# Source waveforms for electroseismic exploration

A method for seismic exploration using conversions between electromagnetic and seismic energy, with particular attention to the electromagnetic source waveform used. According to the invention, source waveforms are correlated with reference waveforms selected to minimize correlation side lobes. Line power at 60 Hz may be used to provide a waveform element which may be sequenced by a binary code to generate an extended source waveform segment with minimal correlation side lobes. Preferred binary codes include Golay complementary pairs and maximal length shift-register sequences.

**Description**

[0001] This application claims the benefit of U.S. Provisional Application No. 60/191,041 filed on Mar. 21, 2000.

**FIELD OF THE INVENTION**

[0002] This invention relates to the field of geophysical prospecting. More particularly, the invention pertains to source waveforms for use in electroseismic exploration.

**BACKGROUND OF THE INVENTION**

[0003] The electroseismic method is a geophysical prospecting tool aimed at creating images of subsurface formations using conversions between electromagnetic and seismic energy. The electroseismic method is described in U.S. Pat. No. 5,877,995 (Thompson, et al.). The essence of the electroseismic method is that high levels of electrical energy are transmitted into the ground at or near the surface, and the electrical energy is converted to seismic energy by the interaction of underground fluids, including hydrocarbons, with the rock matrix. The seismic waves are detected at or near the surface by seismic receivers. To be effective, this method requires an input current source with the following characteristics:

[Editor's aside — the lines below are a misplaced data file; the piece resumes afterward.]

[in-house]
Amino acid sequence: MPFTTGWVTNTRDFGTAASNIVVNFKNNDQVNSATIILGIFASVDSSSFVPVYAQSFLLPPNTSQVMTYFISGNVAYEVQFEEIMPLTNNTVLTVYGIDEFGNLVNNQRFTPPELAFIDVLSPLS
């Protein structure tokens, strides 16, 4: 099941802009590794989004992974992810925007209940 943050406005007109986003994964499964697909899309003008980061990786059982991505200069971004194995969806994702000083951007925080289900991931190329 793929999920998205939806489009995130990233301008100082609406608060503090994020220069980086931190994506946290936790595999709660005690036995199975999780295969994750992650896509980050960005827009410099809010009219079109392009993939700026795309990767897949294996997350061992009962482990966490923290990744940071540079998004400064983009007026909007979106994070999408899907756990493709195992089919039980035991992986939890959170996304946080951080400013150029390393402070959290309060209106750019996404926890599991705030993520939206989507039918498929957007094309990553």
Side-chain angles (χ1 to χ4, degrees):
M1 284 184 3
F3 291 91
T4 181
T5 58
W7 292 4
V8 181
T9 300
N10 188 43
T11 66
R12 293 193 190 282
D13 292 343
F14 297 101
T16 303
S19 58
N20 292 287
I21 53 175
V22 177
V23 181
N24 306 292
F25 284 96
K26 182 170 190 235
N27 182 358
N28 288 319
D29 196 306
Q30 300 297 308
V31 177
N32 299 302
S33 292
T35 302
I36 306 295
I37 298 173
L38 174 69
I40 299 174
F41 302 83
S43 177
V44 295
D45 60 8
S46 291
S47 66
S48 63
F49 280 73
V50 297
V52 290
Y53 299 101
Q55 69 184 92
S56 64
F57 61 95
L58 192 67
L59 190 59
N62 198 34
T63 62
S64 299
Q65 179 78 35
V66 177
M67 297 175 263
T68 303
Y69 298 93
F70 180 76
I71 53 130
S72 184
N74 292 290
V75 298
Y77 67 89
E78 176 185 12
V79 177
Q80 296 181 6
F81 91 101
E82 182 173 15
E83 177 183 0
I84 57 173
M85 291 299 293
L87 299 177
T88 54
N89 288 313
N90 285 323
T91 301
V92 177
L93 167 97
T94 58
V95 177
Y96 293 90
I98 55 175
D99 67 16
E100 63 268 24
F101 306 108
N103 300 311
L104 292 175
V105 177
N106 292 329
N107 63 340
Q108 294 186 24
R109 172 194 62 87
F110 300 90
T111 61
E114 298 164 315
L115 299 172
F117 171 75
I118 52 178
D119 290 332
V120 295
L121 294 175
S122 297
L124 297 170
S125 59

[0004] •The source should produce large current levels over extended time.

[0005] •The source should have high electrical efficiency.

[0006] •The source should contain little or no DC to avoid plating the electrode array.

[0007] •The frequency content of the source should be adequate for the exploration needs.

[0008] •The correlation of the source waveform with its reference should have sufficiently low side lobe levels.

[0009] Little has been published to date on electroseismic waveforms because of the newness of the technique. However, in conventional seismic exploration, a seismic vibrator is sometimes used as an energy source to generate a controlled wavetrain (known as a sweep) which is injected into the earth. When the resulting recorded seismic data are correlated with the sweep wavetrain or other reference, the correlated record resembles a conventional seismic record such as that which results from an impulsive source.